It is also important to remember that while anxiety can cause dizziness, it can also occur due to more serious conditions such as stroke or MS. It’s always best to speak with a doctor in order to rule out any more serious underlying causes of your dizziness.
15 Ways To Manage Dizziness Caused By Anxiety
Anxiety-related dizziness can cause significant distress and disrupt your daily life. Fortunately, there are many ways to manage the symptoms associated with dizziness caused by anxiety. Here are 14 tips to help you cope:
- Create awareness of your symptoms and triggers. Pay attention to the times when you feel dizzy and see if there is any pattern or commonalities in what you are doing or feeling
- Take deep breaths – inhale deeply and slowly through your nose, hold for a few seconds, then exhale slowly out through your mouth to help reduce feelings of dizziness.
- Close your eyes and focus on the sensation of stillness – this will help you regain mental clarity and calm down if you are feeling overwhelmed or scared due to feelings of disorientation from dizziness.
- Drink plenty of water – dehydration can make symptoms worse so be sure to stay hydrated throughout the day with ample amounts of fluids such as water or juice.
- Practice relaxation techniques such as progressive muscle relaxation, mindfulness meditation, guided imagery, or yoga to relieve stress and tension which can trigger episodes of dizziness.
- Maintain an active lifestyle – exercise can help reduce stress levels and promote better overall health, both of which are important in managing dizziness caused by anxiety.
- Eat a balanced diet with plenty of fruits, vegetables, and whole grains to ensure healthy blood sugar levels which can reduce feelings of vertigo or lightheadedness caused by anxiety attacks.
- Spend time in nature – taking a walk in the park or spending time outdoors can help reduce stress levels and provide an atmosphere of peace and tranquility which can help to reduce feelings of dizziness.
- Cut back on caffeine – too much of this stimulant can cause palpitations or racing heartbeats that may contribute to feelings of dizziness associated with anxiety.
- Engage in activities you enjoy such as reading, listening to music, playing games, or spending time with friends – this will help keep your mind occupied and distracted from the physical symptoms associated with anxiety-induced dizziness.
- Get enough sleep – chronic lack of sleep increases cortisol levels and worsens symptoms of anxiety which can also cause episodes of dizziness related to changes in orientation from fatigue or exhaustion.
- Try supplements such as ginger, ginkgo biloba, or vitamin B6 which are known to help reduce feelings of dizziness.
- Talk to a therapist about your anxiety symptoms and explore ways to manage them more effectively in order to reduce episodes of dizziness from occurring as a result of overwhelming fear or stress.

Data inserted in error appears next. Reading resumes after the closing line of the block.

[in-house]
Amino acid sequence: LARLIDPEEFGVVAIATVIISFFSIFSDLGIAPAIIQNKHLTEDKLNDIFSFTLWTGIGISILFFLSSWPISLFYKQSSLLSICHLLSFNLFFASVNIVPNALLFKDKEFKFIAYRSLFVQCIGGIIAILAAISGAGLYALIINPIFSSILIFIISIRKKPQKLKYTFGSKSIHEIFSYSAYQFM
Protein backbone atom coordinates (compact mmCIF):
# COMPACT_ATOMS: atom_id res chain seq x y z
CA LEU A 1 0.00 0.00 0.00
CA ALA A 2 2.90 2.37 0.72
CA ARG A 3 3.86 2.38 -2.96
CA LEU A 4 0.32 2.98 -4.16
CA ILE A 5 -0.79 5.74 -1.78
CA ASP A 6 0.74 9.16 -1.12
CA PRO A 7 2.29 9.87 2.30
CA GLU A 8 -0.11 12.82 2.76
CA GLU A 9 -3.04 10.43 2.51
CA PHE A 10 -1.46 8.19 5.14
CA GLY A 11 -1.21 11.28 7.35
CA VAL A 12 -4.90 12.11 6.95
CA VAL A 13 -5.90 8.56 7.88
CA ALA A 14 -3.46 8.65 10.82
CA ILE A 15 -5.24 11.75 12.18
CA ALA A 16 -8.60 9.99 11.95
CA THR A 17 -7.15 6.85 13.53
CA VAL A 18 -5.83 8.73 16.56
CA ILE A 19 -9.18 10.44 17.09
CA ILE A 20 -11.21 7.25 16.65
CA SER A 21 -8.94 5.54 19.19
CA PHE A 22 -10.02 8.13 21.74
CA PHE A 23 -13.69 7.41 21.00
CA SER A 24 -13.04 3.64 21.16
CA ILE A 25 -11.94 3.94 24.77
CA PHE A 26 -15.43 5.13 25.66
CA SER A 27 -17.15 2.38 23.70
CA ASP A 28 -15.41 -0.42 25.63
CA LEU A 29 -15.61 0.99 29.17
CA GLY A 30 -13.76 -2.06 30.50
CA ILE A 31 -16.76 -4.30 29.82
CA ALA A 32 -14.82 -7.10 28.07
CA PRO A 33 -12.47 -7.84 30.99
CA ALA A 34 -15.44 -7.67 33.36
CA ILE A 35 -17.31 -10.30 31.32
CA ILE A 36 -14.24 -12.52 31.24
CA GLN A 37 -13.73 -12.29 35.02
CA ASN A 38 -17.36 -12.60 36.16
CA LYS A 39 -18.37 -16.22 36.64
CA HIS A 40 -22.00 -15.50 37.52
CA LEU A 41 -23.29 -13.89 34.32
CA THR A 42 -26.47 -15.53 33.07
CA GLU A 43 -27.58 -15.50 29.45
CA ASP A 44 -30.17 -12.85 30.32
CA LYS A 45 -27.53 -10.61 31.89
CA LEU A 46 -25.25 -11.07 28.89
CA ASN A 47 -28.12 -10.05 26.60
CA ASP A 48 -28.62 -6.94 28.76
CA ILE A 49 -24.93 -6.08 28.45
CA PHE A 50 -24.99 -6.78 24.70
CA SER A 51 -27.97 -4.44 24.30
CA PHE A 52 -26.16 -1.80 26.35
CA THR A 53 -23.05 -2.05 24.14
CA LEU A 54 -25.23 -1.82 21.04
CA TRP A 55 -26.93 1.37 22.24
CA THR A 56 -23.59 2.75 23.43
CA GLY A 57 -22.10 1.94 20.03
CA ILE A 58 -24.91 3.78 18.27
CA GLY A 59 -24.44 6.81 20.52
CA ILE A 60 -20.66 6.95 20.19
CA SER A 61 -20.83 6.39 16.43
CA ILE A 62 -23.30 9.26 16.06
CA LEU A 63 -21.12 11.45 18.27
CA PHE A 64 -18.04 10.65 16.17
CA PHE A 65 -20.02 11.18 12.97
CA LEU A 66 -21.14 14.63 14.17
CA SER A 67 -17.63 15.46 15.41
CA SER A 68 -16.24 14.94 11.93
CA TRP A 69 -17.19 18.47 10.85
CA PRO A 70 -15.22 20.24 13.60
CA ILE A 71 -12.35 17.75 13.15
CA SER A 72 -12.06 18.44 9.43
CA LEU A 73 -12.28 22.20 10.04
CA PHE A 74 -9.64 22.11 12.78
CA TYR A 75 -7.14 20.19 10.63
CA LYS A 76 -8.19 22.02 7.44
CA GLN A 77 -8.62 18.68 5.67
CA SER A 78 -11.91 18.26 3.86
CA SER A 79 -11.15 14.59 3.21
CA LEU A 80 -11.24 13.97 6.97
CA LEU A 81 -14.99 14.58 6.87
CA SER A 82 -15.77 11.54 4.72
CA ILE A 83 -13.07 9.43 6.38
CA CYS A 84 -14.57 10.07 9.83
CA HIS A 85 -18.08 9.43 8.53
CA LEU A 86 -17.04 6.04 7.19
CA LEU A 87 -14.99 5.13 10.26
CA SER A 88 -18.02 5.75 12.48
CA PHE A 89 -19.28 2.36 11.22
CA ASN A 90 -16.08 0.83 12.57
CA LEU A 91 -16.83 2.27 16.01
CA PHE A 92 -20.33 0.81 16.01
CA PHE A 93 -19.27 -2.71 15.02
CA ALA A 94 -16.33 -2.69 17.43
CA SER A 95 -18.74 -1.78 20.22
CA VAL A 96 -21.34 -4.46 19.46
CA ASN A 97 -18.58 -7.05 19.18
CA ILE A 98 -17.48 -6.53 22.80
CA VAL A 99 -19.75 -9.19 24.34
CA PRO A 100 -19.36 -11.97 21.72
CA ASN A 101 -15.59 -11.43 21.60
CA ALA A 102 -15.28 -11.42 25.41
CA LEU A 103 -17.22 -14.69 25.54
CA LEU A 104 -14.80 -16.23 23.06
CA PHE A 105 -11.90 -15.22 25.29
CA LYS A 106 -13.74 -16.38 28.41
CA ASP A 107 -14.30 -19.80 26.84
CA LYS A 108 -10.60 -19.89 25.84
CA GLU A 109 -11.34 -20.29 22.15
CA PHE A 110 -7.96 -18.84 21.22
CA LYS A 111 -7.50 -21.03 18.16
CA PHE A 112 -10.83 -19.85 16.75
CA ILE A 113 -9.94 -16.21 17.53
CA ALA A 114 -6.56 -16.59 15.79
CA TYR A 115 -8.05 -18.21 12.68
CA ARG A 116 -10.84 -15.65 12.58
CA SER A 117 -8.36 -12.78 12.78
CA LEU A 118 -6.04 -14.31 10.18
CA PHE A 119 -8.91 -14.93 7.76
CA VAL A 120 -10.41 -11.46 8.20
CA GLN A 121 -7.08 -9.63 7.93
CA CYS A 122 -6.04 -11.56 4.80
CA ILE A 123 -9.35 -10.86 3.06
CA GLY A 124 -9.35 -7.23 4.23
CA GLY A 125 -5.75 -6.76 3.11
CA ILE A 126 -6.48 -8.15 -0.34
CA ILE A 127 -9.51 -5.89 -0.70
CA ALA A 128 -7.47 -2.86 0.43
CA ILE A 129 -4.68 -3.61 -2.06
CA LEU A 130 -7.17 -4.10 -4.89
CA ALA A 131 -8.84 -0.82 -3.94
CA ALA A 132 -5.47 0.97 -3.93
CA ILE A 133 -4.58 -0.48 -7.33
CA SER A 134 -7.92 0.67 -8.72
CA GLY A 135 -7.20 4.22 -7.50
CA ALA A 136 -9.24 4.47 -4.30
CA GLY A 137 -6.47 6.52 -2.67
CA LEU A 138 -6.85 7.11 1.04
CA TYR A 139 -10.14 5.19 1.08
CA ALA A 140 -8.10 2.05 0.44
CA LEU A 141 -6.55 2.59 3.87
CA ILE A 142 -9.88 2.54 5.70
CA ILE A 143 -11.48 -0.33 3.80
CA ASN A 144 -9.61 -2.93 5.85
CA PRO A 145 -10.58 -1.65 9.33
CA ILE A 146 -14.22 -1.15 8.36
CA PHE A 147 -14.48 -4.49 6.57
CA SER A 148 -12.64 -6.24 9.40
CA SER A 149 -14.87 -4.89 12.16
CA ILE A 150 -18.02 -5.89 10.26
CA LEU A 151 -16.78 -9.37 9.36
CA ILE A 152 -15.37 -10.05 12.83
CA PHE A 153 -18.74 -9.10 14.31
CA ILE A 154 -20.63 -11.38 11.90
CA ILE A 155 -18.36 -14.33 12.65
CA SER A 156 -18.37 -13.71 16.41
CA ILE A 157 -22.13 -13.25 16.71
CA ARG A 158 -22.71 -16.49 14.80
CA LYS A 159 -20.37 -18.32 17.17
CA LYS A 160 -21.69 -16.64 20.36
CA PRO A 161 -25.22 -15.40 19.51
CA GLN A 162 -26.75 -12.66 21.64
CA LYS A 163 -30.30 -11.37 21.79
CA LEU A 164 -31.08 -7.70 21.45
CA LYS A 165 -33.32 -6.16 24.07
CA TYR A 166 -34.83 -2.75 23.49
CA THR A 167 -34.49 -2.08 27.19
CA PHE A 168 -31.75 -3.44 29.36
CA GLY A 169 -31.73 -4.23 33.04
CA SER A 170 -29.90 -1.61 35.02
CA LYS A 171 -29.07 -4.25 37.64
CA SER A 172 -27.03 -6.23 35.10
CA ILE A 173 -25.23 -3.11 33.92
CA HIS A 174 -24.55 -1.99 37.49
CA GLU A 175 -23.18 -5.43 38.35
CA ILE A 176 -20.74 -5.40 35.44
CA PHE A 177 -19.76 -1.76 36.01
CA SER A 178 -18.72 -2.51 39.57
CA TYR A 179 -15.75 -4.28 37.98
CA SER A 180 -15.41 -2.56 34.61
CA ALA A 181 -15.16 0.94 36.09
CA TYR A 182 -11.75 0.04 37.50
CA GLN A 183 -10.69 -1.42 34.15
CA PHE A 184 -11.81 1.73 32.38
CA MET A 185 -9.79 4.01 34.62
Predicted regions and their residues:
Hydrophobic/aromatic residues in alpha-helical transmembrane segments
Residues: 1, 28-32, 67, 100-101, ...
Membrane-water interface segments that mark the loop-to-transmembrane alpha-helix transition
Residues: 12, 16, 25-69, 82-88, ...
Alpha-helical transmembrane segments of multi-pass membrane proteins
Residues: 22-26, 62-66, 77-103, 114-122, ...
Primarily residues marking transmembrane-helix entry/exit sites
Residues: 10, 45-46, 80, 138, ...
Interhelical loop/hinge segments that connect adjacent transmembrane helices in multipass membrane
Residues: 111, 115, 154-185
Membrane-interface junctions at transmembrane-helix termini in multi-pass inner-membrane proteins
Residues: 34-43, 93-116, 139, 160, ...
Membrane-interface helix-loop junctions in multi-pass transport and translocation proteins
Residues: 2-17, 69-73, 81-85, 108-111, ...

- Take breaks throughout the day – if you find yourself feeling overwhelmed by anxious thoughts, take a few minutes each hour to step away from whatever is going on and focus on deep breathing exercises or mindfulness techniques until you feel calmer and more grounded.
- Stay hydrated! Dehydration is one of the most common causes of dizziness, so make sure you’re drinking plenty of water throughout the day.
3 Tips For Preventing Anxiety-Induced Dizziness
Anxiety-induced dizziness can be a difficult condition to manage, but there are several steps you can take to prevent episodes from occurring. Here are some tips for preventing anxiety-induced dizziness:
- Talk Therapy: Talk therapy can help you stop feeling dizzy because of anxiety. A therapist will talk with you and help you figure out why you feel dizzy and how to stop feeling that way. They can also help teach you ways to relax, like taking deep breaths or spending time outside in nature. This can make it easier for you to stay calm and not get too worried.
- Managing Anxiety: Managing anxiety is key to reducing feelings of dizziness. You can do this by practicing relaxation techniques such as mindfulness meditation, progressive muscle relaxation, and guided imagery. Additionally, try to keep your environment free from stressors that may trigger an anxious episode such as loud noises or too much activity. Also, be sure to get plenty of exercises and practice good sleep hygiene to stabilize cortisol levels in your body.
- Physical Therapy: Physical therapy can also help you manage your anxiety and dizziness. This type of treatment may include balance exercises, strength training, stretching, or even vestibular rehabilitation to reduce the feeling of vertigo and lightheadedness caused by inner ear issues. Additionally, physical therapists can provide lifestyle guidance for nutrition and exercise which can play a significant role in reducing feelings of dizziness associated with anxiety.
When trying to decipher ‘is dizziness a sign of anxiety’, it is most important to talk to those closest to you and consult with a physician. Dizziness is often caused by many contributing factors – from dehydration to side effects of medications – but it is possible that your body’s response is related to feelings of mental strain or confusion. Keep in mind that addressing these feelings can be just as beneficial as hydrating or speaking with a doctor: find what works best for you and seek help when needed.
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Staab, J. P., & Ruckenstein, M. J. (2005). Chronic Dizziness and Anxiety. Archives of Otolaryngology–Head &Amp; Neck Surgery, 131(8), 675. https://doi.org/10.1001/archotol.131.8.675